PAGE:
Becoming a 'change agent': six ways pharmacists can help make their workplace greener

5. Collect data

Inhalers are one of the most significant contributors to NHS greenhouse gas emissions, contributing 3% of total emissions at ‘point of use’ ​[2]​. The Regional Drug & Therapeutics Centre (RDTC) in Newcastle has worked closely with various pharmaceutical companies and developed an inhaler carbon calculator tool commissioned by various clinical commissioning groups to calculate projected carbon savings and cost implications. With permission, I have sent my trust’s inhaler use data to RDTC to be analysed, as it is seeking to collect more secondary care data to measure as a starting point for carbon reduction as per the ‘NHS long-term plan’.

I plan to also reach out to the anaesthetic team to start collating data on anaesthetic gases use in our trust, which are also a major contributor to NHS greenhouse gas emissions. Data collection and monitoring should be made easier when the ‘greener NHS’ metrics have been fully developed and shared to all healthcare organisations in the near future.

6. Befriend your sustainability officer(s)

To create change, you need to get to know the person that is going to help you achieve it. The ‘2021/2022 NHS standard contract’ sets out a requirement for trusts to develop a ‘Green plan’ to detail their approaches to reduce their emissions in line with the national trajectories​[6]​. I was keen to introduce myself to the director of estates in my trust, who happens to be the lead sustainability officer writing our trust’s ‘Green plan’. I was ecstatic to find out a series of suggestions I have made such as getting rid of plastic cutleries and cups, better signage for bins and installing more electric vehicle charging points, are already in included in the proposed ‘Green plan’ to be rolled out chronologically the coming months.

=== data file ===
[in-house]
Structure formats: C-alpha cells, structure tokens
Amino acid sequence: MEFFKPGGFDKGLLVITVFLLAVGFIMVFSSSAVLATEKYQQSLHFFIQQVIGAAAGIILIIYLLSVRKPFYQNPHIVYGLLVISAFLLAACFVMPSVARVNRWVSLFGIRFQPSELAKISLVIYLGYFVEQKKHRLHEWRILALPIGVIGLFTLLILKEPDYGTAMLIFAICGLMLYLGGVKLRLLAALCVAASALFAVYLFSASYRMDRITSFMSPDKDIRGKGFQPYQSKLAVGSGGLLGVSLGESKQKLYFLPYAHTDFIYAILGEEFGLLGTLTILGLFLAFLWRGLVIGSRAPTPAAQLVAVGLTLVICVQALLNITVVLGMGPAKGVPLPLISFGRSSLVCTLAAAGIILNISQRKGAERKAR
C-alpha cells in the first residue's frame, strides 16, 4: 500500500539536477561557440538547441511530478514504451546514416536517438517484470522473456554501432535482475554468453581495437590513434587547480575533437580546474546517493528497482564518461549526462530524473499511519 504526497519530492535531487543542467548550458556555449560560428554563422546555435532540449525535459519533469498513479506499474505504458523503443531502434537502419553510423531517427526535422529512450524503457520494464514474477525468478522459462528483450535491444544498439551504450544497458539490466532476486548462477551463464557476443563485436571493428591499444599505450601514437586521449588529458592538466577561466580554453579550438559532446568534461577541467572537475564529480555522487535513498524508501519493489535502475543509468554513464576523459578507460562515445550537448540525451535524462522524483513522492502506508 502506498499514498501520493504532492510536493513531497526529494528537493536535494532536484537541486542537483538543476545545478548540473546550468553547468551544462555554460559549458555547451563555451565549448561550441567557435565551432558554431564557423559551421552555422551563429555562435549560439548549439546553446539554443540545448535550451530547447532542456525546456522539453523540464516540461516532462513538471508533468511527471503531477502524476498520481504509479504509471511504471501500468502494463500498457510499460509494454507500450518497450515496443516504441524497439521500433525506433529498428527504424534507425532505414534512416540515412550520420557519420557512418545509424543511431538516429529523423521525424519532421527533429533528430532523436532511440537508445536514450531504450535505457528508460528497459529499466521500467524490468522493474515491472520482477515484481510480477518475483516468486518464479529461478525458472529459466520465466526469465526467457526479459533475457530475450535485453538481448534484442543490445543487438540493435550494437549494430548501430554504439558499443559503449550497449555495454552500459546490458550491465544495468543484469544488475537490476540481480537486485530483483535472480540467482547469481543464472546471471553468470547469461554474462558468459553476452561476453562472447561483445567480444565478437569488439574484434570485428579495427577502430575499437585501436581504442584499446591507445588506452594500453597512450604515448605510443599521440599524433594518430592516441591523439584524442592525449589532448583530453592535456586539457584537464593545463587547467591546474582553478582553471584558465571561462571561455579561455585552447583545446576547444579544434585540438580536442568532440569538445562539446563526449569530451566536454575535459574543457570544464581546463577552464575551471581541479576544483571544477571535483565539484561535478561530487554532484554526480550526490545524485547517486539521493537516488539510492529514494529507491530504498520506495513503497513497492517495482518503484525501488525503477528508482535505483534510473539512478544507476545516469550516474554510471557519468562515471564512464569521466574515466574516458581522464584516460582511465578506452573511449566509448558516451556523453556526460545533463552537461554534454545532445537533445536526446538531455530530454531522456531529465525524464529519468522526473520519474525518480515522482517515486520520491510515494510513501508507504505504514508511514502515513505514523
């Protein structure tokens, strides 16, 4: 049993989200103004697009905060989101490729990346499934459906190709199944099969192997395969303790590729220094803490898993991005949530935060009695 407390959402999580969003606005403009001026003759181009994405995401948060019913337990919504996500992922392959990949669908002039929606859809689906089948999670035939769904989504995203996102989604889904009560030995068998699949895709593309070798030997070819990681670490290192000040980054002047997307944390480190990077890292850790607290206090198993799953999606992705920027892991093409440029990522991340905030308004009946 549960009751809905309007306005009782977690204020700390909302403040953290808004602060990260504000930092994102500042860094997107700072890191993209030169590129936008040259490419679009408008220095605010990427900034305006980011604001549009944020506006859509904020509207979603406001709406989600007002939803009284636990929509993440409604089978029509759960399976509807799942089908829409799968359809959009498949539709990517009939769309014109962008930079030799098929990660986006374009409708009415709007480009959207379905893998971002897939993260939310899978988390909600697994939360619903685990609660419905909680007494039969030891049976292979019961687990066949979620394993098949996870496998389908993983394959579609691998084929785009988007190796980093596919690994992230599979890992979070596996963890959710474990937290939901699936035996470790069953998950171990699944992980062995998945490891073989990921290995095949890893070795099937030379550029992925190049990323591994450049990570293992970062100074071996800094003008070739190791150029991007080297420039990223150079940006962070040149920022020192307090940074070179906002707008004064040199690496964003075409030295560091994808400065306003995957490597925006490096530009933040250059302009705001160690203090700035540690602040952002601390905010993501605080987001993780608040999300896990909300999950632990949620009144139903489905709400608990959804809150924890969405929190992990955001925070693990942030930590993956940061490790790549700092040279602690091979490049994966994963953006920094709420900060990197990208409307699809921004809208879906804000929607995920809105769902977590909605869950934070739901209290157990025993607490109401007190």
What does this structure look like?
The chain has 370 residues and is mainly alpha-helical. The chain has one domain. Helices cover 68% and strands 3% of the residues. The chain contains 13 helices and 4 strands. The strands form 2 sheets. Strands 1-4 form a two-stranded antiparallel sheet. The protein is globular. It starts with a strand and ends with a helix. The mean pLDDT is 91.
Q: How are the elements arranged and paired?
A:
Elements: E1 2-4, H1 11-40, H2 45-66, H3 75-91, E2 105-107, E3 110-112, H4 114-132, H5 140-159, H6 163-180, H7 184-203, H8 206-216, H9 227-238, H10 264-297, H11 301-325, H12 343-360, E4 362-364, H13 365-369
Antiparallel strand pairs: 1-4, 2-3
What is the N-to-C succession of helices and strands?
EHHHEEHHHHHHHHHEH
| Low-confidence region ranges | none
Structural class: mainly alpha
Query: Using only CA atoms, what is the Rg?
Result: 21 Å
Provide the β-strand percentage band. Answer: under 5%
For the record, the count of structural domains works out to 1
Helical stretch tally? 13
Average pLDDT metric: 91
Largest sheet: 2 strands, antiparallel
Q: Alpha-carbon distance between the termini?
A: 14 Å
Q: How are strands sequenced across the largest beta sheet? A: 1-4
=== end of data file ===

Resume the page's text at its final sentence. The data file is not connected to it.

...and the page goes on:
This is a work in progress, and I have accepted that I might not receive a reply or a satisfied response to some of my proposals. But, as healthcare professionals, we have a moral duty to keep raising awareness for the sake of global health and what is looming around the corner. I will keep the conversations flowing in my trust until it reaches the ears of those who can enact the change this planet desperately needs.

Green pharmacy: a call for papers 

The editors at The Pharmaceutical Journal invite ideas for articles, blogs or research papers from all sectors of pharmacy and the pharmaceutical industry that relate to the climate emergency or the sustainability of pharmacy.  Click here to find out more.

  1. 1
    Climate change and health. World Health Organization. 2018. (accessed Aug 2021).
  2. 2
    Delivering a ‘Net Zero’ National Health Service. NHS England. 2020. (accessed Aug 2021).
  3. 3
    Pharmacy must declare a climate emergency. Pharmaceutical Journal Published Online First: 2021. doi:10.1211/pj.2021.1.82489
  4. 4
    Wilson-Powell G. Is It Really Green?: Everyday Eco Dilemmas Answered. Dorling Kindersley 2021.
  5. 5
    Zooming into a greener future: The case for a zero-emissions courier services. NHS England. (accessed Aug 2021).
  6. 6
    2021/22 NHS Standard Contract. NHS England. 2021. (accessed Aug 2021).

Last updated
The Pharmaceutical Journal, PJ, August 2021, Vol 307, No 7952;307(7952)::DOI:10.1211/PJ.2021.1.101109